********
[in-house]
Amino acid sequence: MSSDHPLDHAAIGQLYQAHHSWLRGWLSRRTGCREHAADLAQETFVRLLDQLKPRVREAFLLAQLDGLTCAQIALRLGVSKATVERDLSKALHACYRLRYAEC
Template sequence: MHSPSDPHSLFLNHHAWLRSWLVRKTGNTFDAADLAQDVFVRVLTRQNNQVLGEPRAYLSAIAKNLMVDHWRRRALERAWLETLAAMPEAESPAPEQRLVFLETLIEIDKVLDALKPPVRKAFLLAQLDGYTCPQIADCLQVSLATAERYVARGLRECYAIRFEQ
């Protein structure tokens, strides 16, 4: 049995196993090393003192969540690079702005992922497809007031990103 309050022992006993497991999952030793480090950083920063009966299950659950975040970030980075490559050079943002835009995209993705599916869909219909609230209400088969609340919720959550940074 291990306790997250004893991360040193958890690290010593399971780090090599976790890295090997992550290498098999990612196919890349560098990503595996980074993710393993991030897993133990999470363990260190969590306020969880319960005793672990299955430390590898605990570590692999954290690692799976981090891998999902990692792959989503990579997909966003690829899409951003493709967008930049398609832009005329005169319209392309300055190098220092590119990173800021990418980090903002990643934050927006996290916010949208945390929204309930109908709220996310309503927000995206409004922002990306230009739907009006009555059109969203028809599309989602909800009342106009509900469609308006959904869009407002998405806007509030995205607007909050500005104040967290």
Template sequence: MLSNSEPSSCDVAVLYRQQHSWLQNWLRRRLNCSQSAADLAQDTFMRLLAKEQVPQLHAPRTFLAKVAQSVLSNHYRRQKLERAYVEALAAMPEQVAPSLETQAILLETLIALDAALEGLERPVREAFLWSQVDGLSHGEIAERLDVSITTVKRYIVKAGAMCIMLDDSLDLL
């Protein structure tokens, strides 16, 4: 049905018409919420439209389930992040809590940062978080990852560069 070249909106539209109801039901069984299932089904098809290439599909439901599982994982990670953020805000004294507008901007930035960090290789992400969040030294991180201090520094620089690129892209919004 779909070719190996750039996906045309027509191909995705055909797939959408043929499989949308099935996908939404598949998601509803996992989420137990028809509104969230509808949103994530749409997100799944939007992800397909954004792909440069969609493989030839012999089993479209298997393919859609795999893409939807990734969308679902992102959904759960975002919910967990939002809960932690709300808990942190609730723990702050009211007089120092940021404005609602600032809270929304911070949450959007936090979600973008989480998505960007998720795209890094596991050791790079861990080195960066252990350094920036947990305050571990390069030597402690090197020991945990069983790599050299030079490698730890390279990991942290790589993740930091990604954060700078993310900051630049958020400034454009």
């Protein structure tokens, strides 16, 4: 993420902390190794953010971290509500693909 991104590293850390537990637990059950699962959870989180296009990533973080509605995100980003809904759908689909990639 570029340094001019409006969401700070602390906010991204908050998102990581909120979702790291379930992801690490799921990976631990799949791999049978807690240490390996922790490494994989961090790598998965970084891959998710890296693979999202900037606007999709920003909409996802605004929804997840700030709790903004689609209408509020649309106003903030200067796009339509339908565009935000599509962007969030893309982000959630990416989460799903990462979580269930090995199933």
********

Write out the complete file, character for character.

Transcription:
[in-house]
Amino acid sequence: MSSDHPLDHAAIGQLYQAHHSWLRGWLSRRTGCREHAADLAQETFVRLLDQLKPRVREAFLLAQLDGLTCAQIALRLGVSKATVERDLSKALHACYRLRYAEC
Template sequence: MHSPSDPHSLFLNHHAWLRSWLVRKTGNTFDAADLAQDVFVRVLTRQNNQVLGEPRAYLSAIAKNLMVDHWRRRALERAWLETLAAMPEAESPAPEQRLVFLETLIEIDKVLDALKPPVRKAFLLAQLDGYTCPQIADCLQVSLATAERYVARGLRECYAIRFEQ
């Protein structure tokens, strides 16, 4: 049995196993090393003192969540690079702005992922497809007031990103 309050022992006993497991999952030793480090950083920063009966299950659950975040970030980075490559050079943002835009995209993705599916869909219909609230209400088969609340919720959550940074 291990306790997250004893991360040193958890690290010593399971780090090599976790890295090997992550290498098999990612196919890349560098990503595996980074993710393993991030897993133990999470363990260190969590306020969880319960005793672990299955430390590898605990570590692999954290690692799976981090891998999902990692792959989503990579997909966003690829899409951003493709967008930049398609832009005329005169319209392309300055190098220092590119990173800021990418980090903002990643934050927006996290916010949208945390929204309930109908709220996310309503927000995206409004922002990306230009739907009006009555059109969203028809599309989602909800009342106009509900469609308006959904869009407002998405806007509030995205607007909050500005104040967290």
Template sequence: MLSNSEPSSCDVAVLYRQQHSWLQNWLRRRLNCSQSAADLAQDTFMRLLAKEQVPQLHAPRTFLAKVAQSVLSNHYRRQKLERAYVEALAAMPEQVAPSLETQAILLETLIALDAALEGLERPVREAFLWSQVDGLSHGEIAERLDVSITTVKRYIVKAGAMCIMLDDSLDLL
């Protein structure tokens, strides 16, 4: 049905018409919420439209389930992040809590940062978080990852560069 070249909106539209109801039901069984299932089904098809290439599909439901599982994982990670953020805000004294507008901007930035960090290789992400969040030294991180201090520094620089690129892209919004 779909070719190996750039996906045309027509191909995705055909797939959408043929499989949308099935996908939404598949998601509803996992989420137990028809509104969230509808949103994530749409997100799944939007992800397909954004792909440069969609493989030839012999089993479209298997393919859609795999893409939807990734969308679902992102959904759960975002919910967990939002809960932690709300808990942190609730723990702050009211007089120092940021404005609602600032809270929304911070949450959007936090979600973008989480998505960007998720795209890094596991050791790079861990080195960066252990350094920036947990305050571990390069030597402690090197020991945990069983790599050299030079490698730890390279990991942290790589993740930091990604954060700078993310900051630049958020400034454009």
């Protein structure tokens, strides 16, 4: 993420902390190794953010971290509500693909 991104590293850390537990637990059950699962959870989180296009990533973080509605995100980003809904759908689909990639 570029340094001019409006969401700070602390906010991204908050998102990581909120979702790291379930992801690490799921990976631990799949791999049978807690240490390996922790490494994989961090790598998965970084891959998710890296693979999202900037606007999709920003909409996802605004929804997840700030709790903004689609209408509020649309106003903030200067796009339509339908565009935000599509962007969030893309982000959630990416989460799903990462979580269930090995199933």